The stunning news from the Boston Globe that Middlesex County Sheriff Jim DiPaola will leave office in January after just being re-elected without opposition to a six-year term has far reaching political repercussions for Greater Lowell. Marie’s post on the DiPaola story from earlier today has received a number of comments, but this is such a big story it warrants several posts.
According to the Globe story, the 57-year old DiPaola sought to take advantage of a state law that allows state retirees to continue receiving their full pensions when elected to office (along with the salary for that office). DiPaola filed his retirement papers on October 28, just five days before the November 2 election, but didn’t tell anyone and continued showing up to work as a “volunteer.” According to the state retirement board, at least, that time line would have allowed DiPaola to receive his full pension based on his October 28 retirement plus his full sheriff’s salary because he was elected five days after his retirement. But for the Globe reporter’s inquiry, that’s what would have happened. Now, however, DiPaola says he will resign in January.
Assuming DiPaola follows through with his resignation, Governor Deval Patrick will appoint his successor who will serve until the next state election – 2012 – when someone will be elected to serve the balance of the six-year term, meaning the 2012 winner would run again for a full term in 2016. (A vacancy in the office of Middlesex County Sheriff is nothing new, but that history will have to wait for a future post).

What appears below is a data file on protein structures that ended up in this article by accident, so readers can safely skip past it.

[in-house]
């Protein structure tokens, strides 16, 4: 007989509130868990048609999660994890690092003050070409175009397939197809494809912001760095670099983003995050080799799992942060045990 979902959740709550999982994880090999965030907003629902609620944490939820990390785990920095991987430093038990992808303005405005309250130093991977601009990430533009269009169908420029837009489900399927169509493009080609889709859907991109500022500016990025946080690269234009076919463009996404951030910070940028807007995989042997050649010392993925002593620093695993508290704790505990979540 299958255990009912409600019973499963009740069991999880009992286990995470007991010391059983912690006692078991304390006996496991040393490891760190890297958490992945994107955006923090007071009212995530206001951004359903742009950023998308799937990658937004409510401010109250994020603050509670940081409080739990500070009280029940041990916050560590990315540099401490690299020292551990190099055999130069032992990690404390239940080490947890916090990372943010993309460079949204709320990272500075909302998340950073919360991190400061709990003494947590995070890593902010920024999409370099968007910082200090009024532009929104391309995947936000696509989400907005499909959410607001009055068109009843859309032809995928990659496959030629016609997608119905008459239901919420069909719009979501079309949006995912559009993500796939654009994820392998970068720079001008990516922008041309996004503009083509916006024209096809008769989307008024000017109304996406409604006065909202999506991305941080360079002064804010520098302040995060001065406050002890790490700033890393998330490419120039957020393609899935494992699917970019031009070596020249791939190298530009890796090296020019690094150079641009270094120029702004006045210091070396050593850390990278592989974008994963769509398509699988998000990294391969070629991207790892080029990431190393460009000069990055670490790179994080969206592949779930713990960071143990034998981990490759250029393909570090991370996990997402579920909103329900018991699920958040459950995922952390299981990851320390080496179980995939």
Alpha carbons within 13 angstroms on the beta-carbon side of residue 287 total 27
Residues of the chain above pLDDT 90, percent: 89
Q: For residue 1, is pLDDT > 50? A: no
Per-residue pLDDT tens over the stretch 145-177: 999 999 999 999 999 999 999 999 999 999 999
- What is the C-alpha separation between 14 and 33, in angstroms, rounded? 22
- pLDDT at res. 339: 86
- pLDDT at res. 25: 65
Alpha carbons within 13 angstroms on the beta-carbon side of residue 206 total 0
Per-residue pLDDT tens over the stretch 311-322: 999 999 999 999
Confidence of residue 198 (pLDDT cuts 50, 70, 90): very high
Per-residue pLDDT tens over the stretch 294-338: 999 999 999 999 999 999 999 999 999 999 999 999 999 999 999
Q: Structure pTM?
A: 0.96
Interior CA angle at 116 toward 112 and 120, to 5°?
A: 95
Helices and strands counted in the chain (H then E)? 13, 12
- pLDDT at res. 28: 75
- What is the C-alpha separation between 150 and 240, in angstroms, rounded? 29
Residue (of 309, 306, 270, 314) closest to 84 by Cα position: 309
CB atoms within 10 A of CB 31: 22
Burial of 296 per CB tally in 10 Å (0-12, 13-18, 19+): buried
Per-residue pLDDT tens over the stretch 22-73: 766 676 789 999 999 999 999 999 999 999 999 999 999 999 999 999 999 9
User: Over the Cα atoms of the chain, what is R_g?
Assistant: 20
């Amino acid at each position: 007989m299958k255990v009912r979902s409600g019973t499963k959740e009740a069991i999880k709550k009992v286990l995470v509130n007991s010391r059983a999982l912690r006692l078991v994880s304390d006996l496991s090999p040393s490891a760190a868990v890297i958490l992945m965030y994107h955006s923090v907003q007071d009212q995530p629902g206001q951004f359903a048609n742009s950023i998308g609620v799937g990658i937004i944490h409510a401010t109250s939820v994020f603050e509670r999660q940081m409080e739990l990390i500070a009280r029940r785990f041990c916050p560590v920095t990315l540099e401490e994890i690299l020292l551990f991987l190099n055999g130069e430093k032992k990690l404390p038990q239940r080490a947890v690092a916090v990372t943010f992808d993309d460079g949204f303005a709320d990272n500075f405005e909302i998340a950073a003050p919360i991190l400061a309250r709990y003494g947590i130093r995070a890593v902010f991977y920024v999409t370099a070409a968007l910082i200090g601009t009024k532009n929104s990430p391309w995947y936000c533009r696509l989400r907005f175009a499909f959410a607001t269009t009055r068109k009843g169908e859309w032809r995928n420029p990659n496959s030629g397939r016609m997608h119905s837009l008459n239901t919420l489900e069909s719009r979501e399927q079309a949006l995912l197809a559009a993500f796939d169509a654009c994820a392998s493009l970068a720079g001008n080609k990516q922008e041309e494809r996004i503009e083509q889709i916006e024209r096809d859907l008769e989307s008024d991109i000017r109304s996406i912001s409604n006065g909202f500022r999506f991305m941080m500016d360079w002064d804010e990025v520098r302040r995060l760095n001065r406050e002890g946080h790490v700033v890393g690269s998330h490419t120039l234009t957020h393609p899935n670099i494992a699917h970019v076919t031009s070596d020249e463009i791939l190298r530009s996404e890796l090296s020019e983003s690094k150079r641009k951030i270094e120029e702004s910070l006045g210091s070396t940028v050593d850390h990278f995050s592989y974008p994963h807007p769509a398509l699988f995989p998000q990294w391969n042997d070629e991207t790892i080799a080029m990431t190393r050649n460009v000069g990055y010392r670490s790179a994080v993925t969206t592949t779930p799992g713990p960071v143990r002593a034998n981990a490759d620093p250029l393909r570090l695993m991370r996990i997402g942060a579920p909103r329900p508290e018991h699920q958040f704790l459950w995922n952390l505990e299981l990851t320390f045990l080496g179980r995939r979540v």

Now the big question is who will the Governor appoint? I’m sure political- and law enforcement types across Middlesex County were burning up the phones today, lining up support. And how many others who were either lukewarm towards Governor Patrick’s re-election or overtly supportive of Charlie Baker or Tim Cahill are regretting that choice or perhaps even trying to revise history?
While I’m certainly not privy to the Governor’s thinking on this, I suspect that the recently released report on alleged corruption in the state’s probation department will play a big part in the Governor’s thought process. Rather than appoint someone who would be a strong candidate for election in 2012, Patrick could select a strong reformer who foreswore any intention of running for the office. That way, the new sheriff could make decisions based on increasing efficiencies rather than building political strength for the coming election. With the Governor just reelected to another four year term, he could be less interested in strengthening his own political base through a popular appointment than in branding himself as a true reformer by naming a sheriff who sold off the boats and armored vehicles and other items that, while paid for mostly with grants, came to be symbols of government excess.
And speaking of reform, the Governor might want to query the folks making decisions at the retirement board. This scenario where a current office holder could quietly file retirement papers, stop taking a regular pay check but keep showing up for work, and after re-election be treated as a “new hire” is absurd.